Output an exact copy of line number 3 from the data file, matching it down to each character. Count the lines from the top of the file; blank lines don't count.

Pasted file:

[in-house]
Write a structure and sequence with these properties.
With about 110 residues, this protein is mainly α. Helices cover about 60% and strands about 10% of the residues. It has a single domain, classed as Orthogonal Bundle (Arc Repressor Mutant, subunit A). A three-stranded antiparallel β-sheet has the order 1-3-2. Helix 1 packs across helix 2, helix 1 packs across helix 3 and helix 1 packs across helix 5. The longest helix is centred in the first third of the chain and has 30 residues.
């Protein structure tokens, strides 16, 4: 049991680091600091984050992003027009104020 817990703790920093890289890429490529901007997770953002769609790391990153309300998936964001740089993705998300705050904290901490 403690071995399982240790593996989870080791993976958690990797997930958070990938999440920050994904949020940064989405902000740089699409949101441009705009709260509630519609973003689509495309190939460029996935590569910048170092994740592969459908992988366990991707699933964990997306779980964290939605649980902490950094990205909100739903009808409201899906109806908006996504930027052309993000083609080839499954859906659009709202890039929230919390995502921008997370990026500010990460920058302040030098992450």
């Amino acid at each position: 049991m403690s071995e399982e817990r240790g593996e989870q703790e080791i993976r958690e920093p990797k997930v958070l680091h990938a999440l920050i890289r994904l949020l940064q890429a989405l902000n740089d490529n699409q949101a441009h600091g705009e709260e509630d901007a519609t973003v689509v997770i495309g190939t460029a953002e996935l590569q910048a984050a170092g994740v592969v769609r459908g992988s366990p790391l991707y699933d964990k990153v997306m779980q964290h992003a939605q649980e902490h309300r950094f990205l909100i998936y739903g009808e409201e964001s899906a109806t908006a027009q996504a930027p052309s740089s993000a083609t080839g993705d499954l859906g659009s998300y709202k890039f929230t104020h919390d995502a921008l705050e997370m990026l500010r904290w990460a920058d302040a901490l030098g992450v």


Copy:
With about 110 residues, this protein is mainly α. Helices cover about 60% and strands about 10% of the residues. It has a single domain, classed as Orthogonal Bundle (Arc Repressor Mutant, subunit A). A three-stranded antiparallel β-sheet has the order 1-3-2. Helix 1 packs across helix 2, helix 1 packs across helix 3 and helix 1 packs across helix 5. The longest helix is centred in the first third of the chain and has 30 residues.